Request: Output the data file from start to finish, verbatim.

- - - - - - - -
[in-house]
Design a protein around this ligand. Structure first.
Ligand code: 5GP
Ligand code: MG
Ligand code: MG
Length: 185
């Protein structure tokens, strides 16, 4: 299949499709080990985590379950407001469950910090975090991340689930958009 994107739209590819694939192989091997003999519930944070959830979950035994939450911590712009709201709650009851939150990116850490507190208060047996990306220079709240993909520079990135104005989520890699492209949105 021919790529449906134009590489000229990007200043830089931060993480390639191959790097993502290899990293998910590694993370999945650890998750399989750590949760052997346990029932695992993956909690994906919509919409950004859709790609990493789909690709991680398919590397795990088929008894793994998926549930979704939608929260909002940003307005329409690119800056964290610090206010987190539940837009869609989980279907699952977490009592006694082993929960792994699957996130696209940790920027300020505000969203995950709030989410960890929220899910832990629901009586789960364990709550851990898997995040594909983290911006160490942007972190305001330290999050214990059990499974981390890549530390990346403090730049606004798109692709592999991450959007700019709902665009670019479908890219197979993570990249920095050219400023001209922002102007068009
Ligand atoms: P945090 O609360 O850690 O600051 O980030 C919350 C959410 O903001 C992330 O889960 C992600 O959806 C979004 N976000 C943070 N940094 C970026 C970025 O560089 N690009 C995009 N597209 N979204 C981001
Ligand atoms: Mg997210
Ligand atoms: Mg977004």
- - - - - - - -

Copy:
[in-house]
Design a protein around this ligand. Structure first.
Ligand code: 5GP
Ligand code: MG
Ligand code: MG
Length: 185
């Protein structure tokens, strides 16, 4: 299949499709080990985590379950407001469950910090975090991340689930958009 994107739209590819694939192989091997003999519930944070959830979950035994939450911590712009709201709650009851939150990116850490507190208060047996990306220079709240993909520079990135104005989520890699492209949105 021919790529449906134009590489000229990007200043830089931060993480390639191959790097993502290899990293998910590694993370999945650890998750399989750590949760052997346990029932695992993956909690994906919509919409950004859709790609990493789909690709991680398919590397795990088929008894793994998926549930979704939608929260909002940003307005329409690119800056964290610090206010987190539940837009869609989980279907699952977490009592006694082993929960792994699957996130696209940790920027300020505000969203995950709030989410960890929220899910832990629901009586789960364990709550851990898997995040594909983290911006160490942007972190305001330290999050214990059990499974981390890549530390990346403090730049606004798109692709592999991450959007700019709902665009670019479908890219197979993570990249920095050219400023001209922002102007068009
Ligand atoms: P945090 O609360 O850690 O600051 O980030 C919350 C959410 O903001 C992330 O889960 C992600 O959806 C979004 N976000 C943070 N940094 C970026 C970025 O560089 N690009 C995009 N597209 N979204 C981001
Ligand atoms: Mg997210
Ligand atoms: Mg977004």